By Robert C. Broschart

There are approximately 600,000 ultrasound probes in service in the United States alone, and fewer than 25% of those probes are properly tested or repaired. That means that patients are unnecessarily put at risk every day. It has been shown that about one out of every four probes in clinical use has some type of physical defect or performance problem needing to be resolved.1 If those defects are discovered early enough, 75% of the defective probes can be repaired. And repairing a probe, rather than replacing it, can result in cost savings versus replacement of as much as 60% to 70%.

Four Keys to Lowering Costs

The key to controlling the cost of probe repairs is early detection by regularly inspecting your probes and resolving the problems as soon as they are found. Here are some proactive measures you can take to ensure that your probes are operating at optimal performance.

Make sure all probes that go through any sort of disinfection process are being cleaned properly and according to manufacturer’s specifications. Sterilizing TEE, intercavity, and other probes properly not only extends the life of the probe by preventing buildup of debris on the lens, but also prevents contamination of patients and the spread of diseases like Legionella pneumophila. However, excessive cleaning is the root cause of many probe problems, especially with TEE and intercavity probes.

Many people assume that the longer you sterilize, the better. That’s simply not true. Soaking probes in disinfectant too long will cause excessive wear and damage to the insertion tube on TEE probes and the probe housing on intercavity probes. In addition, no disinfecting solution or rinsing water should be allowed beyond the end of the insertion tube or the connector end of any probe, since the fluids can potentially get into the probe or connector, causing failure. Proper cleaning starts with thorough review of OEM specifications.

Train your sonographers to look for minor problems with their probes regularly. Teach all technicians to visually inspect probes regularly and note any physical defects, such as cracks, cuts, holes, and the like in lenses, cables, and strain reliefs. Cracks, holes, and cuts allow fluids, such as gel, disinfectants, or even body fluids, to infiltrate the probe. When fluid comes in contact with internal electrical and mechanical assemblies, it can short-circuit PCB boards, cause corrosion, and damage crystal arrays.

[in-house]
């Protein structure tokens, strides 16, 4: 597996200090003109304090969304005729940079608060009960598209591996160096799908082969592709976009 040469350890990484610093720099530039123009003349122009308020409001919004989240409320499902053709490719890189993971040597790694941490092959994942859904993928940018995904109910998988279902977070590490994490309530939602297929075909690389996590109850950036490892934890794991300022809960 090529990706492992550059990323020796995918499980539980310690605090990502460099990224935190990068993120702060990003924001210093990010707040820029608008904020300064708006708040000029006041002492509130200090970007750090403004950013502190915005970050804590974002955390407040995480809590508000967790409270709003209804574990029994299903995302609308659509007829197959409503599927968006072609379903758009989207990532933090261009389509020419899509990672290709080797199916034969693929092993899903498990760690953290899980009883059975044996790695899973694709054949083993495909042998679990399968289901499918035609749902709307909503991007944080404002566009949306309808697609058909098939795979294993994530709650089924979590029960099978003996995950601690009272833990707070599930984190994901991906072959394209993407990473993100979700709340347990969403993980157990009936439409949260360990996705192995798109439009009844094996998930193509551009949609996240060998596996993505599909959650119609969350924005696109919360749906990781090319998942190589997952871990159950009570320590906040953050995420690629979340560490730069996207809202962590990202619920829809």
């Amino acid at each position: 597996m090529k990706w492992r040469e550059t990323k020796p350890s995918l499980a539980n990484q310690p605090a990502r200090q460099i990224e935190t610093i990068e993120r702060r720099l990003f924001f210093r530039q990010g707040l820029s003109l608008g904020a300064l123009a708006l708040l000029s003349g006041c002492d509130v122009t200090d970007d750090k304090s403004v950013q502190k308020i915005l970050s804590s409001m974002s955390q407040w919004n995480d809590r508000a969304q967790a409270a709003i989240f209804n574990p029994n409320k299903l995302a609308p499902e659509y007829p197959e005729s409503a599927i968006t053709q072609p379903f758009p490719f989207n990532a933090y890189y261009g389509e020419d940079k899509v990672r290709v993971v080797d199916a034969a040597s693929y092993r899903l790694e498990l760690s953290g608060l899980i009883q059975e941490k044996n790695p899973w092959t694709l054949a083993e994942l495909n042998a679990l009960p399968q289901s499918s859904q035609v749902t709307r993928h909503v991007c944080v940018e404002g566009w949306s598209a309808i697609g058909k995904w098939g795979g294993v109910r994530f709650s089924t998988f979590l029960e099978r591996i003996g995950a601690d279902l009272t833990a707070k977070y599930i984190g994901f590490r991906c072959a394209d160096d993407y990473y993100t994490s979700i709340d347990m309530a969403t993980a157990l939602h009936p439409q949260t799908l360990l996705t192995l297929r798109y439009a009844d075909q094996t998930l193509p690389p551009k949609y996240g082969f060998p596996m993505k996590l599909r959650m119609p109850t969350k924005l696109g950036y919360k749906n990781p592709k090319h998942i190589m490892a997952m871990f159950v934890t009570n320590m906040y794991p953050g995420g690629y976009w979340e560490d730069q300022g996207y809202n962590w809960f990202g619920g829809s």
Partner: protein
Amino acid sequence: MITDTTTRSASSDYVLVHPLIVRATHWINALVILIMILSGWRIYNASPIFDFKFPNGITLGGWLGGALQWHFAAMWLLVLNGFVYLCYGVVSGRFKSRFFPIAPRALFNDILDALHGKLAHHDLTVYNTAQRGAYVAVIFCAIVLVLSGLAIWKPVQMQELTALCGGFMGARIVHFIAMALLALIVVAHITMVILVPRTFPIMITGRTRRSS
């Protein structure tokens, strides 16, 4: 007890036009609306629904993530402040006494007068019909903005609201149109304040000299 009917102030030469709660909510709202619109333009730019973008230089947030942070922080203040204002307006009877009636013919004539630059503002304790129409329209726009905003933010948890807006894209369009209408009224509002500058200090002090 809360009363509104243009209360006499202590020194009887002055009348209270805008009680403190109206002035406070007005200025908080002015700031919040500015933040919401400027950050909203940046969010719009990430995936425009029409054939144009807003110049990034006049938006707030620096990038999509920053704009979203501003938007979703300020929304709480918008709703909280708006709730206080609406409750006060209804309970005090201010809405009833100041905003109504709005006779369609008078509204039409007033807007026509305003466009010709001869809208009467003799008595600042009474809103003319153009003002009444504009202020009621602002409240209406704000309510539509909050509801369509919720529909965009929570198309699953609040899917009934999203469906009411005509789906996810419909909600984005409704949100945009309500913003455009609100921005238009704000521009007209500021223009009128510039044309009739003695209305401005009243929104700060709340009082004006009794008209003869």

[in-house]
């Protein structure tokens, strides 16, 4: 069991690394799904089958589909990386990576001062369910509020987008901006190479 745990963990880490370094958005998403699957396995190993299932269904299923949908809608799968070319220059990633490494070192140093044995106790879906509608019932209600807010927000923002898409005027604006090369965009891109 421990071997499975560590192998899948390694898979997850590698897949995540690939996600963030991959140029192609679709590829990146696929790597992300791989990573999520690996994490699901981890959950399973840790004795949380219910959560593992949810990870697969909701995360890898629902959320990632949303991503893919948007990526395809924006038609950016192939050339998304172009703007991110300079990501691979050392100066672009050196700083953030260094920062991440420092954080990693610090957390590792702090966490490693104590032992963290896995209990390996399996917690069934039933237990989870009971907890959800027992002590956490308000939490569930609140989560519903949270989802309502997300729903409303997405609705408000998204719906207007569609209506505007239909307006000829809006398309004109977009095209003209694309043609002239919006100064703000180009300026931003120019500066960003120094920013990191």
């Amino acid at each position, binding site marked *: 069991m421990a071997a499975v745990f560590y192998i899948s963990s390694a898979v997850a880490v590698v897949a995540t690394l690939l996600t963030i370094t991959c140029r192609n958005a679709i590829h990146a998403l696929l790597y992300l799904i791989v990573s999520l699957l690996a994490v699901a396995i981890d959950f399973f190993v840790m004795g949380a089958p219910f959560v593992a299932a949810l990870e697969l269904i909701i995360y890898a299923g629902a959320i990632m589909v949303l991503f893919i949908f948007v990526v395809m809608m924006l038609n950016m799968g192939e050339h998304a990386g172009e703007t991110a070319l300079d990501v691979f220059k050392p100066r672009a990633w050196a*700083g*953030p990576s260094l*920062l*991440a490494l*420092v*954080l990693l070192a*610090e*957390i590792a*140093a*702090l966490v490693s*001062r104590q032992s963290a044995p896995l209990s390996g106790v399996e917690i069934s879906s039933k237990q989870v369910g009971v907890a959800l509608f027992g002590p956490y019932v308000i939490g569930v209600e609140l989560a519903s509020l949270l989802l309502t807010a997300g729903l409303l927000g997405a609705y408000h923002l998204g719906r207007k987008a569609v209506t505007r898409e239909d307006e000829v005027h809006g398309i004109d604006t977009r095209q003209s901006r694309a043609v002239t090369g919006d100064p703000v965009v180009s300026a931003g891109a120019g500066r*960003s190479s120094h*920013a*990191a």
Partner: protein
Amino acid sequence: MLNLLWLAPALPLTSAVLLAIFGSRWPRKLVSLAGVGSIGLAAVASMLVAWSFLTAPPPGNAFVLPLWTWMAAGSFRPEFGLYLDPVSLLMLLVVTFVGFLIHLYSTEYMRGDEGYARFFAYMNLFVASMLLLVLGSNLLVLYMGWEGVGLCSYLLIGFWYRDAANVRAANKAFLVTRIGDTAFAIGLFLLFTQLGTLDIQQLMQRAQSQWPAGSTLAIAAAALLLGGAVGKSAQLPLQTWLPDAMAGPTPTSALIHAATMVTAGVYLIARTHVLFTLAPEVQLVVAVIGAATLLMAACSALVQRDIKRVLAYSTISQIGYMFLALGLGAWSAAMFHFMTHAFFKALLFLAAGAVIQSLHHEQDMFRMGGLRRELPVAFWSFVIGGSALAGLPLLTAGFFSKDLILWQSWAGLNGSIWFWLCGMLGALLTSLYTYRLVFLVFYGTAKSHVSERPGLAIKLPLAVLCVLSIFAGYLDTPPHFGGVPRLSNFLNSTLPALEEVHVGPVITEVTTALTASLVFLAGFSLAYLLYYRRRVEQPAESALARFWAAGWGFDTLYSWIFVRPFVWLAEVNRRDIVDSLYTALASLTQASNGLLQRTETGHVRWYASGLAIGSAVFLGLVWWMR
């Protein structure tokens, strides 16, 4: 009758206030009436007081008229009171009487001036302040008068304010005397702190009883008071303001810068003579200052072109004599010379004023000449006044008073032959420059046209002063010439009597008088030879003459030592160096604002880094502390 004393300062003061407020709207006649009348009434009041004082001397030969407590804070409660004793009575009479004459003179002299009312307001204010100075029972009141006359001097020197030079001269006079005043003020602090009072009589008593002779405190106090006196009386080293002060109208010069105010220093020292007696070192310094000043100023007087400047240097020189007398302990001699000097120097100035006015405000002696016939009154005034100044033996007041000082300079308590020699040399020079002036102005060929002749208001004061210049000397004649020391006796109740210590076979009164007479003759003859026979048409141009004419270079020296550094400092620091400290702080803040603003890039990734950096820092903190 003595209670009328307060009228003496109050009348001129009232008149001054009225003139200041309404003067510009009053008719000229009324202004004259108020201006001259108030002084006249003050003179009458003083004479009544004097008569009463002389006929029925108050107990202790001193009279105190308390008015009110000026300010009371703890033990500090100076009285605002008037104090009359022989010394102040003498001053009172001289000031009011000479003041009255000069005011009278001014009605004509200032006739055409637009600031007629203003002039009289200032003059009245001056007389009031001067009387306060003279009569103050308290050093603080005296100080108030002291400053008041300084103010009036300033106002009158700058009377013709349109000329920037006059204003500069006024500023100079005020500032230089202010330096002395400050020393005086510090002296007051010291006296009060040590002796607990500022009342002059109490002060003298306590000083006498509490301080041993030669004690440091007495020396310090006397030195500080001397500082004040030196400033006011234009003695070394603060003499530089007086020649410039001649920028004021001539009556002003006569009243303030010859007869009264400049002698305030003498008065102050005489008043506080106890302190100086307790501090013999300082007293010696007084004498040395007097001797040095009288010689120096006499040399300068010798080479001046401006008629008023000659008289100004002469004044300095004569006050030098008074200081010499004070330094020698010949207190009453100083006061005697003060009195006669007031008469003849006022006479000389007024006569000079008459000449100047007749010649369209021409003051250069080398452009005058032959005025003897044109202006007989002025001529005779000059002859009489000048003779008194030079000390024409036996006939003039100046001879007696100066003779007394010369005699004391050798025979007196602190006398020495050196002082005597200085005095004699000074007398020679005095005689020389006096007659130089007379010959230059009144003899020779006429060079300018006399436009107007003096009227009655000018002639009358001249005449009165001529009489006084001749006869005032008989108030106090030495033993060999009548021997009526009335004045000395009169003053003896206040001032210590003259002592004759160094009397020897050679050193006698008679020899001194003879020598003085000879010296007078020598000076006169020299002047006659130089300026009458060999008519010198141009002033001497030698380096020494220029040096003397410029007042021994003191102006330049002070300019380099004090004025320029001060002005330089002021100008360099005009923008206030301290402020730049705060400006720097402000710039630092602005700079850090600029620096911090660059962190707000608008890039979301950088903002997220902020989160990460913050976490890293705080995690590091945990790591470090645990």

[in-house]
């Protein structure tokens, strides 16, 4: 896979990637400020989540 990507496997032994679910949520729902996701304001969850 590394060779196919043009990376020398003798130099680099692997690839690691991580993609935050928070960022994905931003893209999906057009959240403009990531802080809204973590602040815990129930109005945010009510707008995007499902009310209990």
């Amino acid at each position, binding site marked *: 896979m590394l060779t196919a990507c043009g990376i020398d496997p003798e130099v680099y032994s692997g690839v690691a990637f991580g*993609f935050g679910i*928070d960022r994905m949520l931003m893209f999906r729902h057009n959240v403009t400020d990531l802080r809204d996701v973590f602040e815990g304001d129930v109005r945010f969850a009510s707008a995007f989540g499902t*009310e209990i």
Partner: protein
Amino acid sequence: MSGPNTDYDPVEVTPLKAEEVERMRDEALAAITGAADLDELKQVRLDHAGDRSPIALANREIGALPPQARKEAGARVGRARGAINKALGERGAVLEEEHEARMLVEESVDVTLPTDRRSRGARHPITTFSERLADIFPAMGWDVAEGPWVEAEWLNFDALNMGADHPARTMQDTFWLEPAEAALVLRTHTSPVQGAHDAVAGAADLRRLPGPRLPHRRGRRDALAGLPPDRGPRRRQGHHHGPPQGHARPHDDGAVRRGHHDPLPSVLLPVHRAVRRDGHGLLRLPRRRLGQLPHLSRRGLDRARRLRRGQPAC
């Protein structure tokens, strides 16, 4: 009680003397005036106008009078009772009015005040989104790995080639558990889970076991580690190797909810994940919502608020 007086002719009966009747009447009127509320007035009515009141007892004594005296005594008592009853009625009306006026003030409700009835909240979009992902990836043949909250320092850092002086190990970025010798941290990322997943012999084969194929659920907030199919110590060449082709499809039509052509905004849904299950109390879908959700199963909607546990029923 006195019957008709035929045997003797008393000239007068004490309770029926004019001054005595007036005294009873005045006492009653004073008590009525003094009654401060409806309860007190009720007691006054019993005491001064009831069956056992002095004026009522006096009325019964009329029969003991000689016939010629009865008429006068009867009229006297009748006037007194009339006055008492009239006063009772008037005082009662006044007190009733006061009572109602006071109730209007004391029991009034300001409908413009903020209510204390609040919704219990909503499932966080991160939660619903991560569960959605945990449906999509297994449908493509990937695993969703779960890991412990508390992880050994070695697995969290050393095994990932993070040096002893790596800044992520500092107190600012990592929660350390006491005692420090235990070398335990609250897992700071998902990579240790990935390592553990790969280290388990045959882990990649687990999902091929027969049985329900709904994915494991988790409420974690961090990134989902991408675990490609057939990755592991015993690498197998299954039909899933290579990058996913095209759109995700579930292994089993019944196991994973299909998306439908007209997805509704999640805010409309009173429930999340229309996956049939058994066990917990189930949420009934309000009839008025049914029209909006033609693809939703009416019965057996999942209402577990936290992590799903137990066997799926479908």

Tee Probe contaminated by fluidFluid infiltration is the biggest killer of probes, often destroying them from within. These cracks and holes also allow the potential for cross-contamination, putting your patients and your facility at risk. Minor problems like these are usually repairable, but if left unattended, they will lead to failure and costly replacement.

Cost reduction can be achieved with good preventive maintenance procedures for all your ultrasound probes. Remember, a lens can be repaired for a few hundred dollars. A new array can cost a few thousand. As defects are discovered, make arrangements to have the probe evaluated for possible repair. Identifying and resolving these defects early can lower your risks, prevent more costly repairs or replacements, and save tens or even hundreds of thousands of dollars annually.

Test at least every 6 months. Dead elements can and do cause improper clinical outcomes. Even two or three dead elements adjacent to one another will cause false Doppler readings. This situation can have dire consequences for the patient and result in costly repairs for your facility. Therefore, use common sense and make sure your probes are always clinically usable. Be sure to test them at least twice a year. And remember: Always consider how delicate the probes truly are and handle with caution and care.

Create an optimal environment in the lab. The new single-crystal array probes are very sensitive to extreme temperatures. Make sure the environment of your lab is optimal for the probe by maintaining a consistent ambient temperature and humidity (72ºF and 30% to 40% relative humidity is ideal).

Remember, the probe is the only part of the ultrasound system that touches the patient, producing an interface between the patient’s anatomy and the ultrasound system. As such, the device serves as a data transfer tool, providing critical information to diagnose and treat a patient. If the probe is not 100% clinically effective, then the diagnosis will not be 100% accurate. Taking simple, easy steps to care for probes will help to ensure your probes are always clinically effective and that patients are not at risk.

Conclusion

As ultrasound probe technology rapidly evolves, preventive maintenance and repairs are becoming more complex and costly. Considering that upward of 70% of all ultrasound service calls are probe related, it pays to prevent probe damage to minimize patient risks, and also realize the added bonus of lower costs. 24×7 October 2013

Reference

1. Weigang B, Moore GW, Gessert J, Phillips WH, Schafer M. The method and effects of transducer degradation on image quality and the clinical ef?cacy of diagnostic sonography. J Diagn Med Sonog. 2002;19:3-13.

Robert C. Broschart is director, technical services, for Axess Ultrasound, Indianapolis. For more information, contact jbethune@allied360.com.